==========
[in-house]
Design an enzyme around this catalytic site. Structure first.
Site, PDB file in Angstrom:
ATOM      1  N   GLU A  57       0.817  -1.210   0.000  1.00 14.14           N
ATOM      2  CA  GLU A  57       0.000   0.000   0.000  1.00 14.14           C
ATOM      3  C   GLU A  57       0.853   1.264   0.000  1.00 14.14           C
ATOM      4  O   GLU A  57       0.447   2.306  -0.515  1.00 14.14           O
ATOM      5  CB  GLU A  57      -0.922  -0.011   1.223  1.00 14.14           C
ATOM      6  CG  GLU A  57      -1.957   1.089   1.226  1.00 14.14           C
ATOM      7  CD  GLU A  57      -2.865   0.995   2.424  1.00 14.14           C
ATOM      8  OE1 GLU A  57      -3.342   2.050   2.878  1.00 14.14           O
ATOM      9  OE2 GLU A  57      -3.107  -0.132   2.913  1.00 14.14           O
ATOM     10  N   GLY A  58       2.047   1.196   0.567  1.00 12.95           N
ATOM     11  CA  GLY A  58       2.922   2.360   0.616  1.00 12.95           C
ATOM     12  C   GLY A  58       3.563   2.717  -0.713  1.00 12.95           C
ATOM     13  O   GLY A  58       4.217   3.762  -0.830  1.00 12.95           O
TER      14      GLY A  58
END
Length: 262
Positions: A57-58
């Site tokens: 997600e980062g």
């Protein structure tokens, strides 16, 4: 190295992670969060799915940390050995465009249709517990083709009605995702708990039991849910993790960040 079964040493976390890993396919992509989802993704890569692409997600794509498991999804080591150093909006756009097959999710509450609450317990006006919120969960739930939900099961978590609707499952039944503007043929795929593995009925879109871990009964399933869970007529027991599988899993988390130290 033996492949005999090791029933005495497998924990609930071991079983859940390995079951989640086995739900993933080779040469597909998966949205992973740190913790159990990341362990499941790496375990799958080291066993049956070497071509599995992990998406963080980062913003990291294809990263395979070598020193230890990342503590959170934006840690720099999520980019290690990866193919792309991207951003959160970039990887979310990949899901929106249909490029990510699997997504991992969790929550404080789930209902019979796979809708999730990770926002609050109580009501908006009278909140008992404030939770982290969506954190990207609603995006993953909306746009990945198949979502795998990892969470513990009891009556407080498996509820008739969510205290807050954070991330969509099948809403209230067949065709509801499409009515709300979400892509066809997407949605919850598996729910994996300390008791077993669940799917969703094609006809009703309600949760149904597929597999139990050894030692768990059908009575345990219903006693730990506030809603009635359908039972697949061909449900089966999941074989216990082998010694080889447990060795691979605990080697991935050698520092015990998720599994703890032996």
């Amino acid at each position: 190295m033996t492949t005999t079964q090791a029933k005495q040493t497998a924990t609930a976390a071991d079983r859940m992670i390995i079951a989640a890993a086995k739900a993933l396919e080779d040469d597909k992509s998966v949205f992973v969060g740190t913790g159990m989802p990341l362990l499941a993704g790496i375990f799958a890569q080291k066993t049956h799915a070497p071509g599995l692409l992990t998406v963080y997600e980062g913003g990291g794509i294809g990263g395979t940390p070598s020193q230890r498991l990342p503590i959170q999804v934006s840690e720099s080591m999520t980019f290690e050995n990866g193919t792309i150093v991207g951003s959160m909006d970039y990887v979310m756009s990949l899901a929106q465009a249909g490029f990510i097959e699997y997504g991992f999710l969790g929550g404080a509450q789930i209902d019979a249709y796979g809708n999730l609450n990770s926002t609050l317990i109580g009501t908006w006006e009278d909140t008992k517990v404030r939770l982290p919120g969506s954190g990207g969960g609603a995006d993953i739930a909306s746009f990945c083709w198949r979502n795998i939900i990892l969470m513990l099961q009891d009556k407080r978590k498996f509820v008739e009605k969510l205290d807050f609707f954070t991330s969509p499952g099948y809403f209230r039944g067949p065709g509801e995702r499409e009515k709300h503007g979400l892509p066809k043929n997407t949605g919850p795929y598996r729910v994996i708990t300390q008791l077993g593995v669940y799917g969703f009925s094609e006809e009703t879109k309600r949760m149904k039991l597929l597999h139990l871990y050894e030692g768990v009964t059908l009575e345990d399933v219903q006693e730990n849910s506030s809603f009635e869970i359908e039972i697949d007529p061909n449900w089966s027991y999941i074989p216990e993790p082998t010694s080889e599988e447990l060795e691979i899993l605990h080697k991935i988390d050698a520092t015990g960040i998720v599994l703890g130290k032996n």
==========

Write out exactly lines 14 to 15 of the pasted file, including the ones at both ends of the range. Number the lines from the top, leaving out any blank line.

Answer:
ATOM     11  CA  GLY A  58       2.922   2.360   0.616  1.00 12.95           C
ATOM     12  C   GLY A  58       3.563   2.717  -0.713  1.00 12.95           C